The most effective way to get drivers to accept electronic logging devices (ELDs) is to include drivers in the buying process and providing adequate time for training. Other ways that businesses can get drivers to adopt to new ELD technology is to show how technology will make their job easier and more enjoyable.
In 2017 the ELD mandate went into effect, with the required transition from paper logbooks to electronic logging devices. As might be expected, this led to some resistance. In every occupation, people who learn that they will have to make a change in how they perform their jobs can be apprehensive that those changes will be difficult to make. Others may contend that there’s no need to alter procedures that have worked well so far. And a few will believe that this is an unfair intrusion into how they carry out their work.
But the transition from paper logbooks to ELDs offers real benefits for drivers.
Not a new regulation—a new technology
In the United States, commercial vehicle drivers have been required to keep a record of their hours of service (HOS) for more than 80 years. The ELD mandate is not a new regulation in that sense—it is actually a change in the tools used to comply with this rule.
These new tools make compliance much simpler as well as more accurate. ELDs reduce the hours of paperwork that drivers have been compelled to keep up. ELDs also decrease potential errors, so that fleet managers and drivers are less likely to receive requests from the authorities to correct their logs. That can help cut down on the additional administrative work that sometimes this requires.
Faster, easier, less work
For commercial drivers, the difference between paper logbooks and ELDs is an advance in technology comparable to the contrast between sending handwritten letters through the mail, and emails or texting. Very few drivers would willingly give up their tablets or smart phones and write letters to communicate.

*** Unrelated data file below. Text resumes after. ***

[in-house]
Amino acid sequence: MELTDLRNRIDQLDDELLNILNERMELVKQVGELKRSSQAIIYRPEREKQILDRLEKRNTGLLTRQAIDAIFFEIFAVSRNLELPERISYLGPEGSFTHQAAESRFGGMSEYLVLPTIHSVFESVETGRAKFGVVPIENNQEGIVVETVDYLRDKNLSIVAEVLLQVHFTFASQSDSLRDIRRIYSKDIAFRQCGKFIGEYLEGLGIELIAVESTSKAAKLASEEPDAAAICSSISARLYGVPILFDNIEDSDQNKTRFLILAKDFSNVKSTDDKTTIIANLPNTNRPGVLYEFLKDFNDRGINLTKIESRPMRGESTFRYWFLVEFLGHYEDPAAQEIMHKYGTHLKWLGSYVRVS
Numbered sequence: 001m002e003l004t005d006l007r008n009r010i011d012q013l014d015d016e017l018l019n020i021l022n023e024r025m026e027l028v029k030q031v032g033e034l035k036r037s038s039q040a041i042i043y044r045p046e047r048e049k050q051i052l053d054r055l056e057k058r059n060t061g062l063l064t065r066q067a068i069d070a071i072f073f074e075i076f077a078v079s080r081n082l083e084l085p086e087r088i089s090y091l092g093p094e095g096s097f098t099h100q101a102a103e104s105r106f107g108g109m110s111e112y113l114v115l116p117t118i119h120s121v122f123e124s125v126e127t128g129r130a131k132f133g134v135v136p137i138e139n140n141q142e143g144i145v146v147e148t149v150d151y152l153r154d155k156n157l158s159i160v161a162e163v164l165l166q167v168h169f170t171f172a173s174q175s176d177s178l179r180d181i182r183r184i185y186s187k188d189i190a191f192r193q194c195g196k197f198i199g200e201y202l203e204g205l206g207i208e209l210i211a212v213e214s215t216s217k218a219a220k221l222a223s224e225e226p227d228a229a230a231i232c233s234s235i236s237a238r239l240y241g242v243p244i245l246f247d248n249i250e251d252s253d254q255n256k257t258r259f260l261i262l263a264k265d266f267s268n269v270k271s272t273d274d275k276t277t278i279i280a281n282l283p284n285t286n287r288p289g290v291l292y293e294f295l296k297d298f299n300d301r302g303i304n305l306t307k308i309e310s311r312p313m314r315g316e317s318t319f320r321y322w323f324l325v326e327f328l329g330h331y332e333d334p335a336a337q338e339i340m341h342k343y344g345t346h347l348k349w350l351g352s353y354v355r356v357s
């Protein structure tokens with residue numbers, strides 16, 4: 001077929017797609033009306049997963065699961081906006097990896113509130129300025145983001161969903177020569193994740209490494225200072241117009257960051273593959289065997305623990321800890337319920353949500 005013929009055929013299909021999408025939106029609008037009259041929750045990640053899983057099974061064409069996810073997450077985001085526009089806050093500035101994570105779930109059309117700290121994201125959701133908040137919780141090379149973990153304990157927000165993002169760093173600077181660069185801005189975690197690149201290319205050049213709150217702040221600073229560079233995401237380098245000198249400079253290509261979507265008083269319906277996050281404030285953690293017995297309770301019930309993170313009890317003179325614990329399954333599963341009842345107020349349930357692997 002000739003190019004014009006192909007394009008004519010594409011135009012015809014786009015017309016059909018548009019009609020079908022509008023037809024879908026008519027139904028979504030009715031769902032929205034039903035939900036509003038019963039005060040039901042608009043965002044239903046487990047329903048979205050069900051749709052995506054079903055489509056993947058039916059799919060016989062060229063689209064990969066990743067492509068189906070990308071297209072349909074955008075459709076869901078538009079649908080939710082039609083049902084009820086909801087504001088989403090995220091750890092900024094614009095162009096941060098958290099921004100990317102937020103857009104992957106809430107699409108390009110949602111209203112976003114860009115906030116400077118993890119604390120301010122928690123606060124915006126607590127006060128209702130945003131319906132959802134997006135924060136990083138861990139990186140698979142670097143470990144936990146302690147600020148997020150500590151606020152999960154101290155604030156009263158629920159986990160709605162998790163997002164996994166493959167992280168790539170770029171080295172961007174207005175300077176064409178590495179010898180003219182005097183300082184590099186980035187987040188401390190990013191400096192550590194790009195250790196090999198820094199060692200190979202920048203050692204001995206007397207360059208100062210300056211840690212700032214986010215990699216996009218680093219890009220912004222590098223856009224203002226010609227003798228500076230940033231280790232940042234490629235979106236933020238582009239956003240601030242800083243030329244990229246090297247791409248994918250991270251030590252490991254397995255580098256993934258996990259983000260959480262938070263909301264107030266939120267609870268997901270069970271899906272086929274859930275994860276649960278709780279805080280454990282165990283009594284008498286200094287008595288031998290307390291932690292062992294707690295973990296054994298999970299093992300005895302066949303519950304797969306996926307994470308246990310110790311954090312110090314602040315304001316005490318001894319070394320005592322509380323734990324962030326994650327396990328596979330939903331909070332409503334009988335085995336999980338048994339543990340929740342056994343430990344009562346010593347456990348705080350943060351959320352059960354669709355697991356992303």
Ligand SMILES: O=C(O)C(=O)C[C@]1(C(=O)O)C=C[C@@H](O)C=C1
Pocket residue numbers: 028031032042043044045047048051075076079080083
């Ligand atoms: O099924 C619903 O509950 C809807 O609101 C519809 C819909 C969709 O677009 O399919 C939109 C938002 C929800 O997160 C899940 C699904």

To help drivers recognize why ELDs provide them with distinct advantages over written logs, fleet managers can address their concerns directly.
Is the technology hard to learn?
ELDs are user-friendly. Automated functions and easy-to-follow prompts and procedures make operation simple—less complicated than the range of functions and commands in a typical smart phone, which most drivers use every day.
Do ELDs make driving more complicated?
With an ELD, a driver has far less to keep track of every day than when using paper logbooks. Electronic automated functions, set-and-forget features, and automatic alerts allow the device to do the work—in contrast to paper logs that mean keeping track of miles and hours, watching the time to know when to stop, and remembering to separate the drive time from on-duty hours and rest periods.
Electronic logging devices also compile this information in a format designed for quick inspection on the display screen or transferred electronically. Drivers can spend fewer hours at vehicle inspection stations, allowing more on-road time.
These time-saving and labor-saving advantages have the effect of giving a driver more hours in a day, for driving or off duty. In any job, workers are pleased to reduce the amount of paperwork they have to do—and drivers who use ELDs feel the same.
Do ELDs invade my privacy?
Electronic logging devices record information that drivers already document. The federal regulations in the ELD mandate include specified privacy provisions, such as muting of sleep and off-duty hours, and limited location tracking when off duty. There are also protections against others making changes to the record except with the driver’s consent.
Additionally, none of the data on record is shared with law enforcement or similar agencies. Safeguards protect this information.
Do ELDs make it harder to keep a job?
ELDs help protect drivers’ rights. They provide data that can act as evidence against false claims. An electronic logging device produces a completely objective history of driver performance. For a good driver this can be a career builder, a documented verification of work practices based on fact instead of opinion.